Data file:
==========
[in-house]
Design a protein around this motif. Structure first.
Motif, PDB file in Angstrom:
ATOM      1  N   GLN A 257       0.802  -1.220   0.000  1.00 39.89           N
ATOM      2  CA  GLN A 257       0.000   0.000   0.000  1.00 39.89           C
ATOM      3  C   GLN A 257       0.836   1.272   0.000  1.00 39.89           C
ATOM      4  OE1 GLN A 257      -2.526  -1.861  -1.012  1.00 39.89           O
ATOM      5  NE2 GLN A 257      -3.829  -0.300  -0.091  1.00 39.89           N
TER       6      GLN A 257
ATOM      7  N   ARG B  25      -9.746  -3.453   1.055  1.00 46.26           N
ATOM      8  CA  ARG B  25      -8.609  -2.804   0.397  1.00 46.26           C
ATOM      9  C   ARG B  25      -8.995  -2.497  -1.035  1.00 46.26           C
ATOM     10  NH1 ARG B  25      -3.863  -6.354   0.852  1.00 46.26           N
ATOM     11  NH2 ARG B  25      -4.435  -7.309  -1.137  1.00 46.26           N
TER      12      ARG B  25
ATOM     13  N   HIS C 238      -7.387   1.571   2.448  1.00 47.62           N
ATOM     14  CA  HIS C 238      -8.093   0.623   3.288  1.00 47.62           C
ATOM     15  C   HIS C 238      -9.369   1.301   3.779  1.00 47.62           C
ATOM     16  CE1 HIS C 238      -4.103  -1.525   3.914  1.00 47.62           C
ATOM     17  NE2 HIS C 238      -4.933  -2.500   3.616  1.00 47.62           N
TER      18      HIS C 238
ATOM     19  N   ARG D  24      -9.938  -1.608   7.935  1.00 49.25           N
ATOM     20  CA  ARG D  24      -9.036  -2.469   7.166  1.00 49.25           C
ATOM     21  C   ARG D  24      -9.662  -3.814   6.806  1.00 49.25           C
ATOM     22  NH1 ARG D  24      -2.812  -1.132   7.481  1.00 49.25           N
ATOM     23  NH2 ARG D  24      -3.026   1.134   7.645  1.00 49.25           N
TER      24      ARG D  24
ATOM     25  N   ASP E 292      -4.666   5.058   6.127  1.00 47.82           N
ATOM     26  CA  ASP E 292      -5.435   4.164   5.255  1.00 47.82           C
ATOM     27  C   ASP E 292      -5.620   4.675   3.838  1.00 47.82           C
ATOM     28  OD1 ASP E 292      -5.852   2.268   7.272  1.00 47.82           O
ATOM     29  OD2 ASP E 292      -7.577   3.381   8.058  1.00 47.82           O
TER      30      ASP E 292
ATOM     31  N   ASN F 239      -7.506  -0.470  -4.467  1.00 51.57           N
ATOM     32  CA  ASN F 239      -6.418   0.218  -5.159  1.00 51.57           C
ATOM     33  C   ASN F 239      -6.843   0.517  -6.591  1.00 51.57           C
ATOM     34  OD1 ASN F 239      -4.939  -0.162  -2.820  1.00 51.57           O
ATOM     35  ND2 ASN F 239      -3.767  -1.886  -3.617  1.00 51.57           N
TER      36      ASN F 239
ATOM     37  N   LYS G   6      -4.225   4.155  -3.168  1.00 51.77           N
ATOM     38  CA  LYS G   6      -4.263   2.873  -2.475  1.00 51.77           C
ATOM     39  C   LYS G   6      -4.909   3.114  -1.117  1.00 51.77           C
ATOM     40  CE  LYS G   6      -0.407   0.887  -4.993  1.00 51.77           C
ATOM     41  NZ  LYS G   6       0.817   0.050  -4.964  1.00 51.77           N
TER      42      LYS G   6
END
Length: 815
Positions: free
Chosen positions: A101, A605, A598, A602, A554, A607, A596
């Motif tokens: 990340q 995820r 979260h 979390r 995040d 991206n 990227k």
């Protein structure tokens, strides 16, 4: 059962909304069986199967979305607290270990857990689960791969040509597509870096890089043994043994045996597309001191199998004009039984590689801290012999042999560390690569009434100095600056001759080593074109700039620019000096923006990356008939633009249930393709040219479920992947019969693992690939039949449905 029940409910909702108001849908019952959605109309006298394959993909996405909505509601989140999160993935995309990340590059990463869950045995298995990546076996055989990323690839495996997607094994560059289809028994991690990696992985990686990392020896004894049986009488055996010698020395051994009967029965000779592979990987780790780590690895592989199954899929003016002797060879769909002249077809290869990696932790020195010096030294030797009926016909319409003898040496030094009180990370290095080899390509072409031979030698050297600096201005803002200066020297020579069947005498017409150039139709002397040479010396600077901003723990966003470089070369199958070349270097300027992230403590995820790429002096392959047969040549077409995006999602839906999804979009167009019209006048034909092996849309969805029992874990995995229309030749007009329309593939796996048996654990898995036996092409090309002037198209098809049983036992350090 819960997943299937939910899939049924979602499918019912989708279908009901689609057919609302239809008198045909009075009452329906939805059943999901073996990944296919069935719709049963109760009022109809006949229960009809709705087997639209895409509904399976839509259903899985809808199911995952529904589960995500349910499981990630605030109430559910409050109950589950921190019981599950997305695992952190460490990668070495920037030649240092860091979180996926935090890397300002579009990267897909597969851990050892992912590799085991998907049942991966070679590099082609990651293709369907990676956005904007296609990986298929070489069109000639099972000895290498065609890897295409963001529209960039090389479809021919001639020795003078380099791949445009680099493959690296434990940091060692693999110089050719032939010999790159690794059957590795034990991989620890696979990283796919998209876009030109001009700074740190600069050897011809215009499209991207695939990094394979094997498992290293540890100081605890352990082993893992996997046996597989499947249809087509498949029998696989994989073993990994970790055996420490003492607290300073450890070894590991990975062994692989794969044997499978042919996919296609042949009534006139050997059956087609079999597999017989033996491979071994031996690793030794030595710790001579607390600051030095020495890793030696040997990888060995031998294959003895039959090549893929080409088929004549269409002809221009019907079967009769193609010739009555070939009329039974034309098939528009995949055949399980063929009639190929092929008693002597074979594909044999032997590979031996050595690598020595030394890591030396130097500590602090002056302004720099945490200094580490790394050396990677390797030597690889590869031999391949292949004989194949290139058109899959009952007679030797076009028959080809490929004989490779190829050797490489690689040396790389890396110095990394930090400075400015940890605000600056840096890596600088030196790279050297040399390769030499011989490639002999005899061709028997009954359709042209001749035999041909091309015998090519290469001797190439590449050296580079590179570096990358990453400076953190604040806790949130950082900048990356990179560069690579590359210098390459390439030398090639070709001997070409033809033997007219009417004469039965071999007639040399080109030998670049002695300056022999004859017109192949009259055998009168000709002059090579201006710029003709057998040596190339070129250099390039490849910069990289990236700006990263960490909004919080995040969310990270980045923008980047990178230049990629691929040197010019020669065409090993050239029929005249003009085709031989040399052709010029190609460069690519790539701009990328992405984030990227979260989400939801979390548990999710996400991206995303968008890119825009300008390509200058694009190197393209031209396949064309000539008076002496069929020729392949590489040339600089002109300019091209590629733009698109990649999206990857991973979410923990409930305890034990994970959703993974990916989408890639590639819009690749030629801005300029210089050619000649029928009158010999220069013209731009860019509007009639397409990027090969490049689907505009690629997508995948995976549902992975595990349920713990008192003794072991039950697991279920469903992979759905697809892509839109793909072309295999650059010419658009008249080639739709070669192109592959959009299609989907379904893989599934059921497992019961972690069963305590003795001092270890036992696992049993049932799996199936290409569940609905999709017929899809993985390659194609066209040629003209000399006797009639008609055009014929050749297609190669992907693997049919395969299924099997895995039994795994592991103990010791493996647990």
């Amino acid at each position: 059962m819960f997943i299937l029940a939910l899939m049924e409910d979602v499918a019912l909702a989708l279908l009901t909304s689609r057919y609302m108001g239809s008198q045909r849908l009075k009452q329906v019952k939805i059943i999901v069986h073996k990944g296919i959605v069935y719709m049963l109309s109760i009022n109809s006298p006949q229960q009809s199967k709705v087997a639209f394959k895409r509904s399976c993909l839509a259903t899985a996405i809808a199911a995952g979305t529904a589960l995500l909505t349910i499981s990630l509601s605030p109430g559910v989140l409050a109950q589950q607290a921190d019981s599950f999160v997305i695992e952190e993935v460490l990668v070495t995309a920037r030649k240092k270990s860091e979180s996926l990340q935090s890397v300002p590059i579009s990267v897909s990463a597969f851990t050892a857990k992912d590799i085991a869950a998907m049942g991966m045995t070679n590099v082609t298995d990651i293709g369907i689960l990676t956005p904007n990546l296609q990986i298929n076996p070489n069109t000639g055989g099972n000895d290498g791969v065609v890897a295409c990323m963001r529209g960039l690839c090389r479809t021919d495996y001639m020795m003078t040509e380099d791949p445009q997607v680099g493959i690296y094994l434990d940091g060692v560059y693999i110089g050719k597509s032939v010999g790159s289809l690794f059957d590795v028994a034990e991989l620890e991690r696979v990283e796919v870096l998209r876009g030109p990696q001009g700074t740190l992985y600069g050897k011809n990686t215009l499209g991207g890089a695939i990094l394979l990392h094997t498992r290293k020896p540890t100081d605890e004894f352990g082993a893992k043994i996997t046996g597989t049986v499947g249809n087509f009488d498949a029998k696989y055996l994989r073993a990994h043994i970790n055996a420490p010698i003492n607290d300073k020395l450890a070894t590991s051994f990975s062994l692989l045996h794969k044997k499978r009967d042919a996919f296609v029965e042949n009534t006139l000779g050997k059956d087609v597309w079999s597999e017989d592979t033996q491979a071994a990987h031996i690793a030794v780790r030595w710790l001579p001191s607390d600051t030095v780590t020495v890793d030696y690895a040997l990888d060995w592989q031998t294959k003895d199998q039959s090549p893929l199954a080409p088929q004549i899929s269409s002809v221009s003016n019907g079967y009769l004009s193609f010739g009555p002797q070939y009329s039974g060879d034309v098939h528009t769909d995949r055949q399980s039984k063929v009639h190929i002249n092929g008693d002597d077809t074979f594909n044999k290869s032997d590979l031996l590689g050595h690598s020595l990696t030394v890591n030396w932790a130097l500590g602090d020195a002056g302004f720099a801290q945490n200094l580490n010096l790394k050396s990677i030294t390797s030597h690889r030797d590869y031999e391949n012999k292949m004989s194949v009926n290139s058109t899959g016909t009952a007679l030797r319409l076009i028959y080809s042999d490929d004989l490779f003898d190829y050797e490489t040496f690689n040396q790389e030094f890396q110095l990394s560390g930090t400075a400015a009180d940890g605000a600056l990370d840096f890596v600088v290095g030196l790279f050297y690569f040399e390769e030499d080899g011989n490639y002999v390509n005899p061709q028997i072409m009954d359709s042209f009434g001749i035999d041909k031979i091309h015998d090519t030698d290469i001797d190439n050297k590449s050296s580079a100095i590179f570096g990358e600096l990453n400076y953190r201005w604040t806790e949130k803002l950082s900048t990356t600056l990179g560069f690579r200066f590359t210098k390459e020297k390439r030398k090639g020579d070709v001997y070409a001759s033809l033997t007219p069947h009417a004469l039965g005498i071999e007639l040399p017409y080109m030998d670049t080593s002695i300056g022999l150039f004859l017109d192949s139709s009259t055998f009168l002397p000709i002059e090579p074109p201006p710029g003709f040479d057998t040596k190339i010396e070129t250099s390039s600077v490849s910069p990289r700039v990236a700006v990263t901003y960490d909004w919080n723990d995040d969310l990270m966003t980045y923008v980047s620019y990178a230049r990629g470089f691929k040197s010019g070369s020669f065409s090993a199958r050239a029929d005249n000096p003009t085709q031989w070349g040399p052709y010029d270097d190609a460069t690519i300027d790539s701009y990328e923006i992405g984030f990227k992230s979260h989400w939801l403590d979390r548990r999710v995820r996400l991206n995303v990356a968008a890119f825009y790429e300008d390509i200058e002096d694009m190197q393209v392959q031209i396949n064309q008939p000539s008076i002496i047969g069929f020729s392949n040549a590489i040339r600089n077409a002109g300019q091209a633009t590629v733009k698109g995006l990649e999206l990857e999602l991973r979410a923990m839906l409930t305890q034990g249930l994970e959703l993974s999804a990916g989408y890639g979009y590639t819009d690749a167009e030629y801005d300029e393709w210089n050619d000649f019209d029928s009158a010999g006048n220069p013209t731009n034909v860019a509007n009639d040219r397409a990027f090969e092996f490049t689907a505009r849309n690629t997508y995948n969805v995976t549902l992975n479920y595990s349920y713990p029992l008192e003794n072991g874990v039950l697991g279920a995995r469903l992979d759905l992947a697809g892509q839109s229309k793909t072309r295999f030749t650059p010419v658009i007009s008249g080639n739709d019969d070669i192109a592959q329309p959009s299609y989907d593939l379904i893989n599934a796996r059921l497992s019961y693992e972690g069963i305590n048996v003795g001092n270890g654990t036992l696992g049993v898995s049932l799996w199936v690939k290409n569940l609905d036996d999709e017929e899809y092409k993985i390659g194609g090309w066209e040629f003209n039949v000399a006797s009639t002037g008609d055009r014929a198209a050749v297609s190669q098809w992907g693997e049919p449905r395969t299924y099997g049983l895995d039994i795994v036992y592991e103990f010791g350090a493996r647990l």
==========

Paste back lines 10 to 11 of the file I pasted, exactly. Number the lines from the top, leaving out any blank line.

ATOM      7  N   ARG B  25      -9.746  -3.453   1.055  1.00 46.26           N
ATOM      8  CA  ARG B  25      -8.609  -2.804   0.397  1.00 46.26           C